Saturday's NHL playoff action produced another nail-biter between the Rangers and Capitals, with Mike Green's late third-period goal the difference in a 3-2 Washington win to even the series.
The game also stirred up more controversy with a questionable hit by Alex Ovechkin on Dan Girardi in the second period. Ovechkin was given a two-minute minor for charging, as he appeared to leave his feet as he made contact.
Almost immediately, arguments raged over whether Ovechkin deserved further punishment from the league, although reports Saturday night had Ovechkin not expected to face a hearing with league disciplinarian Brendan Shanahan despite Ovechkin's prior suspensions for illegal hits.
No surprise there. Ovechkin may not get star treatment from his own coach, with Dale Hunter limiting his ice time in the playoffs, but he is still a star, and that has its privileges when it comes to the league's handling of supplemental discipline.
Ovechkin's hit was far from the worst offense the NHL has seen this postseason. It's debatable whether it would warrant further punishment regardless of the stature of the players involved, but it does highlight the ongoing problems in the game with shots to the head, intentional or otherwise.
Shanahan has been busy this postseason, handing out nine suspensions totaling 41 games and issuing two other fines. Even with Ovechkin unlikely to add to that total, there could be more to come this weekend with Phoenix's Rostislav Klesla scheduled for a hearing on Sunday after boarding Nashville's Matt Halischuk on Friday.
Shanahan has received mixed reviews for his decisions. There are certainly valid concerns over his consistency, with the standard constantly shifting — from a mere $2,500 fine to Shea Weber for slamming Henrik Zetterberg's head into the glass at end of a game to a 25-game ban for Raffi Torres' vicious leaping hit that left Marian Hossa concussed. Torres is now appealing that suspension, and the inconsistency of Shanahan's punishments could give Torres the basis for a case.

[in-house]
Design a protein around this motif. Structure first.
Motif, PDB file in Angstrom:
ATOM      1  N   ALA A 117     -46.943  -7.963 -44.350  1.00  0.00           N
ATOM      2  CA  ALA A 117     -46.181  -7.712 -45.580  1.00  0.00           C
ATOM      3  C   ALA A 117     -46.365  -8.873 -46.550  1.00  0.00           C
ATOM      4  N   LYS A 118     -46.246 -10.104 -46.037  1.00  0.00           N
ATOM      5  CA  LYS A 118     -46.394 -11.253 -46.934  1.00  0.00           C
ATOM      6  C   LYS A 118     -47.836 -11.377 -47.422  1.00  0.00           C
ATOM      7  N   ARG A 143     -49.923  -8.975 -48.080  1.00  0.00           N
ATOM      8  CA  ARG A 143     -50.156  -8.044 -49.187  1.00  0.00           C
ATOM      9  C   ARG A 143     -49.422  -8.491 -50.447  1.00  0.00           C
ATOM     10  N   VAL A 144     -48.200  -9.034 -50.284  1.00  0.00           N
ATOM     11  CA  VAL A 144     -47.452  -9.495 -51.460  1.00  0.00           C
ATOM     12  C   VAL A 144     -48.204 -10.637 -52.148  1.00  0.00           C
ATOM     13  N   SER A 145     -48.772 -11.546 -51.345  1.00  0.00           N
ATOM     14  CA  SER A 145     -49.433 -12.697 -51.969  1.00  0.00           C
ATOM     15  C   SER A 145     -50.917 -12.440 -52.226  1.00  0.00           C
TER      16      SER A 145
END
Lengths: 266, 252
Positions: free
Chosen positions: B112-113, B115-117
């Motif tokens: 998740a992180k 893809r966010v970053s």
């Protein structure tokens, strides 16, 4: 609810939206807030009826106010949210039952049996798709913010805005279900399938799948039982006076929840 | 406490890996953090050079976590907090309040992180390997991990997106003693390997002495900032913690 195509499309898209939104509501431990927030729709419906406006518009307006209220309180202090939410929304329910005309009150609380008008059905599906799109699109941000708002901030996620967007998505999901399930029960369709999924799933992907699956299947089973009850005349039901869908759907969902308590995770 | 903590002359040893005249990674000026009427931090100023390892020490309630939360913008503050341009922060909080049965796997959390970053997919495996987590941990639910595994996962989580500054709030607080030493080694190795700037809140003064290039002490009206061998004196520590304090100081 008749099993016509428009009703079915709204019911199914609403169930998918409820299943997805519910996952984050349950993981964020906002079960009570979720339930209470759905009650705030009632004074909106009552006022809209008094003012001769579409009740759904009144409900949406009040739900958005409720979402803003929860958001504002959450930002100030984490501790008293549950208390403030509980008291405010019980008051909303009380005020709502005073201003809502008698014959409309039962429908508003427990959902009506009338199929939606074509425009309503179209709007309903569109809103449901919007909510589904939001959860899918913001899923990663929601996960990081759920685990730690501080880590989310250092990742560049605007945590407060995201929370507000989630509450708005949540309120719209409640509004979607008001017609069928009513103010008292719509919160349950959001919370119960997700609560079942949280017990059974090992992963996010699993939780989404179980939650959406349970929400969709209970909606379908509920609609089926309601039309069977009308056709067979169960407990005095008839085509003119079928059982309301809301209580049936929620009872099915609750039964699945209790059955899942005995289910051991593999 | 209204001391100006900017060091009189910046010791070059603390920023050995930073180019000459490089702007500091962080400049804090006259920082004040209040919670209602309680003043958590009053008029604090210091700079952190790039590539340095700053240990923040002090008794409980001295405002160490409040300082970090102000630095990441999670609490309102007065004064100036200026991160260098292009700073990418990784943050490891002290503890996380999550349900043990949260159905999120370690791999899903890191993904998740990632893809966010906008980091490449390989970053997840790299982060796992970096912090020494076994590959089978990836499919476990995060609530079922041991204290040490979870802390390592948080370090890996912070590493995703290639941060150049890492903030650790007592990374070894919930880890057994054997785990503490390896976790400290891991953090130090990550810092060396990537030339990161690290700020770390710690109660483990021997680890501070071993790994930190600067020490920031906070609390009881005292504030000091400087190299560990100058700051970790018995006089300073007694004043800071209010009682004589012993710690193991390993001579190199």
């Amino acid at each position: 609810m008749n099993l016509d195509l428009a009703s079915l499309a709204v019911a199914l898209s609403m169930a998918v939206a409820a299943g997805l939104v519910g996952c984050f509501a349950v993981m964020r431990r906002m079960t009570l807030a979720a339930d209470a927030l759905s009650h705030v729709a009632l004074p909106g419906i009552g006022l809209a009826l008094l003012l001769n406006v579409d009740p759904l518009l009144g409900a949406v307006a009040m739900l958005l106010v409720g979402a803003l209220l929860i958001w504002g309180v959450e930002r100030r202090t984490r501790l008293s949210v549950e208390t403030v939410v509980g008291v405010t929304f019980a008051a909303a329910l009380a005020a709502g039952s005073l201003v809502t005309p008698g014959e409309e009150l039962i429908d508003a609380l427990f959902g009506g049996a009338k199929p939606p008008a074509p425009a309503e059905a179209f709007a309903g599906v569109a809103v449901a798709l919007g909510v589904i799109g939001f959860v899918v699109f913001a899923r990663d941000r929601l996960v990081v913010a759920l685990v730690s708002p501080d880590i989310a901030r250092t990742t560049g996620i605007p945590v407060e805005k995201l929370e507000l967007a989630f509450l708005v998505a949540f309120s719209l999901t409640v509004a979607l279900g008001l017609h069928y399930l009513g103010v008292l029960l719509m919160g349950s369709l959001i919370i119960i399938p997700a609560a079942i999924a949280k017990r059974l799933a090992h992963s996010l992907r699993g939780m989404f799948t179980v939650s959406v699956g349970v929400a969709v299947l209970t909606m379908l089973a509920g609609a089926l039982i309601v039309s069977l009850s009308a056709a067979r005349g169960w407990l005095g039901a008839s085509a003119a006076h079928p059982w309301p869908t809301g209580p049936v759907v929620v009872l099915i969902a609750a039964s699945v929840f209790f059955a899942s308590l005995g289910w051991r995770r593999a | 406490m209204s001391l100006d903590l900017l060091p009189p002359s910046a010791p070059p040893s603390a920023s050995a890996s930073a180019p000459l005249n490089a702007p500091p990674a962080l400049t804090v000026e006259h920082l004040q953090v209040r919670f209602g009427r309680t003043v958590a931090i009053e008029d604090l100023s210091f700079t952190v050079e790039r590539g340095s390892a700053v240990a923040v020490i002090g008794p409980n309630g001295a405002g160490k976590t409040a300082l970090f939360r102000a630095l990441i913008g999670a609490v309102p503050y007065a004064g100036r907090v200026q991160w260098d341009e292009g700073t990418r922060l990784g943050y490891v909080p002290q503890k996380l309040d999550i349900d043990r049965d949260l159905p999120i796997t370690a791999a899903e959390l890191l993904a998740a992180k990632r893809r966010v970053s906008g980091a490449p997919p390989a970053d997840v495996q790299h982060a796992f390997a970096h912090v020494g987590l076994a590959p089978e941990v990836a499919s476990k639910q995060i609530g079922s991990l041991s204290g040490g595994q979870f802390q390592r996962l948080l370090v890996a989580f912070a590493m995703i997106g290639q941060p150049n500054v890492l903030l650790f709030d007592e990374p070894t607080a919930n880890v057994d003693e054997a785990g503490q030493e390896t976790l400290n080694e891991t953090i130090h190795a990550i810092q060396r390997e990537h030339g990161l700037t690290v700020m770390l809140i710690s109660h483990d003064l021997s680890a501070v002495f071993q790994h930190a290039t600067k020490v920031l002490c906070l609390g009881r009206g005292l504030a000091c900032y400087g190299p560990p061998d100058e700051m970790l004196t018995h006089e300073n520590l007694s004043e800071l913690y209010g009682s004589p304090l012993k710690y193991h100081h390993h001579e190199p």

But while the messages have been mixed at times, it is clear the league is trying to curtail the epidemic of dangerous hits and the debilitating concussions they cause.
No team knows more about the devastating effect of head injuries than the Bruins, who have seen Marc Savard's career likely ended, Patrice Bergeron lose nearly a full season and Nathan Horton miss the second half of this past season and the playoffs all as a result of concussions.
Bruins president Cam Neely played the game as physically as anyone in his playing days and is concerned with losing the physicality of the game, but considering the toll his team has already paid from dangerous hits, he understandably wants to get the dirty hits out of the game. But Neely sees the responsibility falling on the players as well as the league.
"That's the fine line," Neely said Thursday after his end-of-season news conference. "You want to have the contact in the sport. I think a lot of people, a lot of our fans, certainly love the contact in the sport. The players have to do as much, too, maybe even more so than what the league is trying to do as far as making sure they're avoiding head shots, hitting a guy late and having the head a principal point of contact. It's a very difficult job to police that from the league's perspective, but I think they're trying their best. You saw the suspension they gave Torres, so that's maybe a step in a direction of saying, 'Hey guys, enough is enough.' "
But just policing the dirty hits isn't enough. Even many legal hits are contributing to the rise of head injuries in today's game. The speed of the game and the ever-increasing size of the players will make some injuries inevitable. But Neely, like many in hockey, believes some of those concussions could be avoided with better equipment. The hard plastic elbow and shoulder pads in use today may offer greater protection to the wearer, but they do little to protect the players on the other side of those collisions.
"Personally, I'd rather have a player with a separated shoulder than someone with a concussion," Neely said. "I don't know why it's that difficult to look at the equipment and say, we really need to do something with the shoulder pads, the elbow pads. To me it seems like a pretty easy, I don't want to say solution to what's going on, but at least take a hard look at it and say, 'If we really reduce this stuff we might have some other injuries, but not the severity of the injuries we're having now.'
"The players really have to get involved, too," Neely continued. "The league can do as much as they want and they can with suspensions and the like, but the players also have to take a hard look at how they're approaching the game themselves. I know it's a fast game. I know it's a competitive game. But they have to be as smart as they possibly can on the ice. But the equipment is something I know they've talked about. I know they do look at it, but they should really take a hard look at it and get a better understanding. Is this part of the problem?"
As shown by the ongoing debates arising almost every night from questionable hits, the problem of head injuries in hockey is a complex one. There isn't an easy solution to all of the issues, but safer equipment would be a good first step. Players actually caring about each other's safety would be an ever greater leap forward.